La rue du Mont-Cenis sous la neige
As World War 1 began, Maurice Utrillo moved into a small studio overlooking the rue du Mont-Cenis in Montmartre – the street which became one his favorite subjects.
“He would depict it in countless variations over the course of his career, under different weather conditions and lighting. With its high viewpoint overlooking the roofs of Paris and its winding concrete walls with their regular arrangement of windows, the street offered the true painter of Montmartre the ideal subject with which to express his interest in urban landscape.” (Christie’s)
Invitation to Montmartre
According to Christie’s, Maurice Utrillo’s 1935 painting La rue du Mont-Cenis sous la neige “is reminiscent of the peak of Utrillo’s career known as ‘the white period’ (1912-1914)” because the painting is “dominated by white, grey and pink color tones…”. Occupying roughly 3 by 4.5 feet, the painting is impressive, and “its plunging angle into the street invites the viewer … to enter Utrillo’s universe at the heart of Montmartre.”(Christie’s)
Who is Maurice Utrillo?
Born in 1883, Maurice Valadon Utrillo, the French painter specializing in cityscapes, spent much of his life in or near the Paris neighborhood of Momtmartre, His mother Suzanne Valadon posed for artists like Morisot, Toulouse-Lautrec, Renoir and Degas and eventually became a skillful artist herself. Unfortunately, she never identified Maurice’s father. In 1891 a Spanish artist and friend of Suzanne, Miguel Utrillo y Molins, signed a legal document acknowledging paternity, although questions about his true paternity remain.
The Dark Side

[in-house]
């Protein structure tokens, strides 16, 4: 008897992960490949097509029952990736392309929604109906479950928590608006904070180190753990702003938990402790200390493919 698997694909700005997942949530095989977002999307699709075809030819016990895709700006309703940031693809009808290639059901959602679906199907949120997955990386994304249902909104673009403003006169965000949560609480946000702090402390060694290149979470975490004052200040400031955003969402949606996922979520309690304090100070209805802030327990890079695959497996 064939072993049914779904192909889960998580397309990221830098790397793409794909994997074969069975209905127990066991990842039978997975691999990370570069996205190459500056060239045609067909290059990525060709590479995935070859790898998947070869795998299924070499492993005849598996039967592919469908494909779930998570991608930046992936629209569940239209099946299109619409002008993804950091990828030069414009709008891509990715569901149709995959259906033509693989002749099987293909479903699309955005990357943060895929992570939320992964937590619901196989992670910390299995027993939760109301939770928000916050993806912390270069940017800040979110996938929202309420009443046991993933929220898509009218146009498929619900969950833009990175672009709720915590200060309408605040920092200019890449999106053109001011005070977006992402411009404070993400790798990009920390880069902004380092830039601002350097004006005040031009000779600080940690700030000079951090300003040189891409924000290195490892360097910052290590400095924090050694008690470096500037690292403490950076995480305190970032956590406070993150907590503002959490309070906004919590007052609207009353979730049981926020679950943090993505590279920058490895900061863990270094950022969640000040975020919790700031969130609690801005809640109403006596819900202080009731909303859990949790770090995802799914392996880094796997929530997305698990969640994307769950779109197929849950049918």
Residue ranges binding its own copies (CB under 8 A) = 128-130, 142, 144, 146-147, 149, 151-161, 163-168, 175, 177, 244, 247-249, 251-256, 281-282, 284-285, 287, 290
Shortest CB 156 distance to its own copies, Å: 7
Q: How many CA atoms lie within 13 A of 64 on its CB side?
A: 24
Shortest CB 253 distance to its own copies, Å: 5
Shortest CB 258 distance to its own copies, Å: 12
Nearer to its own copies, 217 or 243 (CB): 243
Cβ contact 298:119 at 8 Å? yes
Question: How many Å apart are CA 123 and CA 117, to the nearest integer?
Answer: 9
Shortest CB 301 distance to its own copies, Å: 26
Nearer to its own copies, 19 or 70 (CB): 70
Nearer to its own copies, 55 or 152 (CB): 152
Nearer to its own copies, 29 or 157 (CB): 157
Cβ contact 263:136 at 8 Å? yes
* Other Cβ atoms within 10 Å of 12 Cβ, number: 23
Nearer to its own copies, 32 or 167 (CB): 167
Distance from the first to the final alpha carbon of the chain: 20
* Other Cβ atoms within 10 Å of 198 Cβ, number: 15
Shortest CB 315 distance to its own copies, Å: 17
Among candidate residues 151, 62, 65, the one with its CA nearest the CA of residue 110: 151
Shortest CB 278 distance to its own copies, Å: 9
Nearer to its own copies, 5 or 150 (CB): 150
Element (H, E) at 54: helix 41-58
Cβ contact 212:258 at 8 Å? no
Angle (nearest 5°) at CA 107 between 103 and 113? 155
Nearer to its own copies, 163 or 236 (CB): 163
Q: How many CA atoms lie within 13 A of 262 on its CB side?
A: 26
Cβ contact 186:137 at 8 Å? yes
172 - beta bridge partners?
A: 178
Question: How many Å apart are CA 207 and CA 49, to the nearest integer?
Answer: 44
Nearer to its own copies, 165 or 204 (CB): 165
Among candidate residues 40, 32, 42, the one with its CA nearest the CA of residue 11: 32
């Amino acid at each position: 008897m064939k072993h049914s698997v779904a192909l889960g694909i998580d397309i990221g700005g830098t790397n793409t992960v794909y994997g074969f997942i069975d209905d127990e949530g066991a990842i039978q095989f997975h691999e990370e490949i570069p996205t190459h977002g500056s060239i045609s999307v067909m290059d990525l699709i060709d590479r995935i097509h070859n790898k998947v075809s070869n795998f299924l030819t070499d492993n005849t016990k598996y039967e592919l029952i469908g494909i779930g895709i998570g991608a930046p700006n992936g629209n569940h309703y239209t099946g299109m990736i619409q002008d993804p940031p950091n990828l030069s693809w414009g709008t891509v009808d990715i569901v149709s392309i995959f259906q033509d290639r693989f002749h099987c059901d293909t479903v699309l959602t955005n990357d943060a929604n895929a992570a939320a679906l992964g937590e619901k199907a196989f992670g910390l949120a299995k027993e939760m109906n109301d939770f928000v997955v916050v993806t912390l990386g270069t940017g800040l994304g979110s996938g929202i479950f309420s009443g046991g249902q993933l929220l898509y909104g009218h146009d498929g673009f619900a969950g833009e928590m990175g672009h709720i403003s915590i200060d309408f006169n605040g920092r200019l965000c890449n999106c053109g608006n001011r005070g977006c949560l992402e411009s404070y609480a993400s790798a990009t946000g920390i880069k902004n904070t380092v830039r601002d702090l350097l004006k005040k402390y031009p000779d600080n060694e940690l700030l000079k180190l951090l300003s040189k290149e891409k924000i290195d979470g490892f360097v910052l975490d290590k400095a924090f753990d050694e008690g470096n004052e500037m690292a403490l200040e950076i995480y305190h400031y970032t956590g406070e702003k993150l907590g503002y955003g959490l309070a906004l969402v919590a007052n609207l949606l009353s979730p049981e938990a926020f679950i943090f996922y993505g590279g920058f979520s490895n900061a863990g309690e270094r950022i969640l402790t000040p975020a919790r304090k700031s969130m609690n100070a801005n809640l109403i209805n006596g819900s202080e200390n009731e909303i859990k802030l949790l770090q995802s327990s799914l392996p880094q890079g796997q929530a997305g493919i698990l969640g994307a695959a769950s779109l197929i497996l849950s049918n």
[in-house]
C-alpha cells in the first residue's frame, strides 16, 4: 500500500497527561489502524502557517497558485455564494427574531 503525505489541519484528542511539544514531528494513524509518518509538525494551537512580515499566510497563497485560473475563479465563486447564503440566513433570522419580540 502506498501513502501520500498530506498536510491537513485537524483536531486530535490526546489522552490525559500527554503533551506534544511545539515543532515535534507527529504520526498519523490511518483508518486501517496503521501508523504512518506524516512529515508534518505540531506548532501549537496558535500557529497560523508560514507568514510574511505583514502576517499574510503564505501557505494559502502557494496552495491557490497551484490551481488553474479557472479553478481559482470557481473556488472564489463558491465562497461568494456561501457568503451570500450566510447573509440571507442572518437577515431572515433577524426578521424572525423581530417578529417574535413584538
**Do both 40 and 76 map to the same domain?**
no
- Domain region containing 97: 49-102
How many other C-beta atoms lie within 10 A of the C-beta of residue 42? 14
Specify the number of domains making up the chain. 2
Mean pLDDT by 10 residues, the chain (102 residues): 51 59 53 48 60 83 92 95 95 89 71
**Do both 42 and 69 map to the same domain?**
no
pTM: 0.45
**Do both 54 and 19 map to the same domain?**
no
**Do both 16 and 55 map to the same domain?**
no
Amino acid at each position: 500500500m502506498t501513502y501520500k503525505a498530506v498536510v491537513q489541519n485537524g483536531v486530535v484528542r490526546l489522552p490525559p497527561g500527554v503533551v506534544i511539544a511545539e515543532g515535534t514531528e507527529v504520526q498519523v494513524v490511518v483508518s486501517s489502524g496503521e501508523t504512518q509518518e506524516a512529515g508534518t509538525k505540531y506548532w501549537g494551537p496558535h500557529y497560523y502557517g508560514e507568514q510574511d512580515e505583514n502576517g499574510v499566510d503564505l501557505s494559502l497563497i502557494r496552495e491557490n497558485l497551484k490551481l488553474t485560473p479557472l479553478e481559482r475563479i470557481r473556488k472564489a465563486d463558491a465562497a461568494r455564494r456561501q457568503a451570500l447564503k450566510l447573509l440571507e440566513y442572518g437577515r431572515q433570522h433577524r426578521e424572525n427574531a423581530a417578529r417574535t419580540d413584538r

*Interesting note: Utrillo’s mother, Suzanne Valadon, is the model used by Renoir in Dance at Bougival. She also painted the portrait of her son pictured below. (Utrillo and Renoir seem to bear a striking resemblance to one another….).
According to The Art Story, by 1909 Utrillo’s alcoholism and recurrent depression had begun to take a serious toll on his health, frequently requiring hospital care. Furthermore, “When not hospitalized, he was often watched over by a family member either in his studio or in a hotel room.” During these dark times, Utrillo was unable to work.
The Silver Lining
Evidently Utrillo began drawing from postcards during times of illness when he could not work outdoors. With his interest in art encouraged by his mother, Utrillo developed an admiration for the Impressionists Alfred Sisley and Camille Pissarro,
At age 22, he sold his first painting and by 1909 he was exhibiting his work at the prestigious Salon d’Automne. By 1910, he had achieved considerable critical acclaim, having developed a style of landscape painting that combined features of Post-Impressionism and Cubism. (The Art Story)
“Unlike his idols and mentors, however, Utrillo was virtually untrained, and his greatest achievement must surely have been adapting his unrefined technique to successive avant garde styles – Impressionism, Cubism, Expressionism – to attain considerable critical and financial success.” The Art Story